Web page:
The almost full moon joins both planets as shown below when it will lie below Saturn on the 20th, forming a triangle with Jupiter and Saturn on the 21st then Full moon lies to the lower left of Jupiter on the 22nd. The chart is set for 10pm so a convenient time to view for most!
We haven’t quite finished with Jupiter yet as it has a second close pass north of the star iota Aquarii (mag 4.2 and shown on the above chart) on August 3rd when it is in conjunction but remains close to the star for a couple of days before moving away. With Jupiter at mag -
We nip back to the start of the month and in the morning sky around 3am we find the slightly less than half phase moon just south of Uranus (above). Next morning the moon lies to the lower right of M45, the Pleiades star cluster whilst on the 3rd it lies above the orange star, Aldebaran before ending this run on the 4th between the horns of Taurus. For the moon to spend three sessions in one constellation hints that Taurus is quite large compared with some in the sky.
With the moon in Taurus on the 2nd & 3rd it suggests this might repeat at the end of the month and it sort of does as the moon lies between M45 and Aldebaran on the 30th. In fact it is the Last Quarter Moon but unlike the chart at right the moonlight will drown out a lot of the stars for the naked eye view. The Hyades star cluster is also always worth looking at both naked eye and in binoculars as an added attraction.
A fainter target than normal grabs our attention as Dwarf planet Ceres begins to pass south of the Hyades star cluster. Our chart above shows it in the mornings at 3am from August 15th to September 30th with August 31st also marked. Ceres will need binoculars or a telescope to spot but astrophotographers might want to image a sequence showing the movement as it glides under the cluster. Ceres is magnitude 8.9 on August 15th rising steadily to mag 8.3 by the end of September.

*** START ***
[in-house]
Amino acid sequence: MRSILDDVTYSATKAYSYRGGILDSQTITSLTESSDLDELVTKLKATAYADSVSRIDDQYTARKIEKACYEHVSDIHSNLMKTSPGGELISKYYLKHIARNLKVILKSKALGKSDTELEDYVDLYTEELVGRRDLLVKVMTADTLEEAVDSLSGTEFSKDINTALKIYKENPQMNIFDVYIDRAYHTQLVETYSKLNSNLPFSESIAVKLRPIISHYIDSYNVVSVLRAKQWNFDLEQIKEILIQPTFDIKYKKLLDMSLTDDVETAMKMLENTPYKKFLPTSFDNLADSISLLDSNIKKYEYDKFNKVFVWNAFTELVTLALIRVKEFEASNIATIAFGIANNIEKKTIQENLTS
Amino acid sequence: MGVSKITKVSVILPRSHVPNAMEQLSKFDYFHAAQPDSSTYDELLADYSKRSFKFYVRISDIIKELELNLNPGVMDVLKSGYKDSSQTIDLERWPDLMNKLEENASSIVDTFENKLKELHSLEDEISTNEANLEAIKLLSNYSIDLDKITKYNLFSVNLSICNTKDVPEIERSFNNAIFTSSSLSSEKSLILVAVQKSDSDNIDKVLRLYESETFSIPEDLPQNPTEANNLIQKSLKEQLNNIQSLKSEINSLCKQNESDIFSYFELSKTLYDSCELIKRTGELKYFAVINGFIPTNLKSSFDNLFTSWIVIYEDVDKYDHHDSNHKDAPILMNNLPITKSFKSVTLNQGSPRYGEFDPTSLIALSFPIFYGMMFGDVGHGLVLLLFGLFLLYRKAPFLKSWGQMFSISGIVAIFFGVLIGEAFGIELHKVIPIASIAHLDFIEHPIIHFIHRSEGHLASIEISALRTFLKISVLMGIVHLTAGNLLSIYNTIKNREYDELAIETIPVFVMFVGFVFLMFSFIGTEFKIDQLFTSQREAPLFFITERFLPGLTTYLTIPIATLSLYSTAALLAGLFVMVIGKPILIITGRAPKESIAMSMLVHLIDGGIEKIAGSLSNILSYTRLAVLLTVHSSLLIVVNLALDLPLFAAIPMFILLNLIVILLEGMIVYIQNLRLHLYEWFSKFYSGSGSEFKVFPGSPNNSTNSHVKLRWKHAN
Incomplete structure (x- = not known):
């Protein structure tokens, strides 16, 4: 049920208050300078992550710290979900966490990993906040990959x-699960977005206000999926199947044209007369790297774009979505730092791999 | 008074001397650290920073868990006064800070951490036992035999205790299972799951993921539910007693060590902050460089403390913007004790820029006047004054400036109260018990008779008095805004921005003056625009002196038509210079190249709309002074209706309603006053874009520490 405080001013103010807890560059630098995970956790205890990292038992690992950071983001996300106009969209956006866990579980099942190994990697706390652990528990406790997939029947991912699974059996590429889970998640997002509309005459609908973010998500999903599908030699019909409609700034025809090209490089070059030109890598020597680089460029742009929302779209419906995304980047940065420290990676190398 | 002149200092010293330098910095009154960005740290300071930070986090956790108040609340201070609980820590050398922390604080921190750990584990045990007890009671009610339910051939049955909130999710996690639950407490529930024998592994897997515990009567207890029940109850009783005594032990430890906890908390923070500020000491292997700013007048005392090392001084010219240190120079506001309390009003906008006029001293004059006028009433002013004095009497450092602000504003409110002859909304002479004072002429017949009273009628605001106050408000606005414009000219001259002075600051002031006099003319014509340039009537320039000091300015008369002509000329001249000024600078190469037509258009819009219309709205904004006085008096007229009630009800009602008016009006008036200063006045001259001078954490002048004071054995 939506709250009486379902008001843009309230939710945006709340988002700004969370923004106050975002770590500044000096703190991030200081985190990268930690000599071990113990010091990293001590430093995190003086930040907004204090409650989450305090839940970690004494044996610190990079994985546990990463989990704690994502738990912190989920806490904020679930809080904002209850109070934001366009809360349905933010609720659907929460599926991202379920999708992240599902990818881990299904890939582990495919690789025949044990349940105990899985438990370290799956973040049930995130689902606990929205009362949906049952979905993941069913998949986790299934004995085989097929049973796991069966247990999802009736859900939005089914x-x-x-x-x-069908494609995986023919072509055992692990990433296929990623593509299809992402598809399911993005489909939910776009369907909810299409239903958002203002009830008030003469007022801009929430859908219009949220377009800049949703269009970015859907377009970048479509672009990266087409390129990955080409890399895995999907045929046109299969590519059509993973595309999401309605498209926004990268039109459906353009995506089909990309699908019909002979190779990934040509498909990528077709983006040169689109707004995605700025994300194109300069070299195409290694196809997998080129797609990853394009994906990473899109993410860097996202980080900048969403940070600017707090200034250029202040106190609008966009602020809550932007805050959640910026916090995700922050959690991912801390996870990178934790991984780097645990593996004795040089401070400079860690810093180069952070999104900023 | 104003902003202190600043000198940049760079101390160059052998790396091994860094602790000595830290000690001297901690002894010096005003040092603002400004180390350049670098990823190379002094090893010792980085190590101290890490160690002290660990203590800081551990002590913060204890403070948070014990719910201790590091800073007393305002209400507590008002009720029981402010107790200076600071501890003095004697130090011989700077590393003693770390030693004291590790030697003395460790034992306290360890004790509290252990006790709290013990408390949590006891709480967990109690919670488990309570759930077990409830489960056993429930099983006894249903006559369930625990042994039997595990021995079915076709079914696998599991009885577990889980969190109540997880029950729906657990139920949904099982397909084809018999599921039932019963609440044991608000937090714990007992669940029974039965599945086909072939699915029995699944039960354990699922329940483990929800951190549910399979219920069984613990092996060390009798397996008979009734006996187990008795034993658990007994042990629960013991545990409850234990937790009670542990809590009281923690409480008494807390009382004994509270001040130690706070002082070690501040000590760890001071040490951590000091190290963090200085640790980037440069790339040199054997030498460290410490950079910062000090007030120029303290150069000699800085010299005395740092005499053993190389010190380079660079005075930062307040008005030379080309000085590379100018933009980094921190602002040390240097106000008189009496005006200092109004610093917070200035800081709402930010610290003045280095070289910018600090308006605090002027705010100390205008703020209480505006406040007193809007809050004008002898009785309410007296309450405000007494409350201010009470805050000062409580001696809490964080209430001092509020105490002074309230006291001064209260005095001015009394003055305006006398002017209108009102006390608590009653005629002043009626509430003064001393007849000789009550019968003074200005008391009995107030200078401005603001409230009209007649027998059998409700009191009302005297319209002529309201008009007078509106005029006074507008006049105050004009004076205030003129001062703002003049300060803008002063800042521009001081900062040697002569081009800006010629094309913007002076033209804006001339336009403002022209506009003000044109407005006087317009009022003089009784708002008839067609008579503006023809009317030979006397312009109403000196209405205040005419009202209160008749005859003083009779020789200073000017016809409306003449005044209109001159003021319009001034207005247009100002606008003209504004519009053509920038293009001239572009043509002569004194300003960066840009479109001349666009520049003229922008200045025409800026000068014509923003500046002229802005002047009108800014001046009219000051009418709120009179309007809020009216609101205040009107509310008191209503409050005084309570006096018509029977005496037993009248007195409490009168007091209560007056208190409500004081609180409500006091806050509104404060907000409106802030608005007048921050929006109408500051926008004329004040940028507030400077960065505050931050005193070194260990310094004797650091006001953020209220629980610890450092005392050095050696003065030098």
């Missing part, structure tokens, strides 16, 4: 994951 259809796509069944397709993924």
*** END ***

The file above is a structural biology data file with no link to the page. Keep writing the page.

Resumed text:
Our final target for August is multiple as it is one of the best meteor showers for the year, the Perseids. The good news is that the moon is new on the 8th so with the peak of the Perseids on the 12th the moon will be in the early evening sky setting shortly after 10pm. It will therefore be dark skies for the rest of the night when the showers radiant will climb higher in the NE sky and become better placed to view. The radiant is shown on the main all sky monthly chart and is so called as the meteors will appear to ‘radiate’ out from a point in the sky (the radiant). The longest streaks will be further from the radiant so we often say look roughly 45 degrees from the radiant's position in the sky for hopefully the longest meteor streaks. Why not make an event of it and invite the neighbours round if life has returned to normal…
Also look out for the following:
5th Crescent moon lies close to M35 star cluster (morning)
6th Crescent moon lies to the right of and forms triangle with Castor and Pollux (morning)
8th Vesta lies north of Porrima (evening twilight)
12th Crescent moon lies to left of Porrima (evening twilight)
13th Moon lies above left of Spica (evening twilight)
14th Moon lies to right of Alpha Librae (evening)
16th Moon lies above Antares (evening)
23rd Moon forms triangle with Neptune and Psi Aquarii (evening)
24th Venus lies below Porrima in bright evening twilight
28th Moon forms triangle with Mu Ceti and Uranus (morning)
Clear skies, happy sky watching and stay safe!
Webmaster © Paul L Money 2021
The UK & Ireland Night Sky for 2020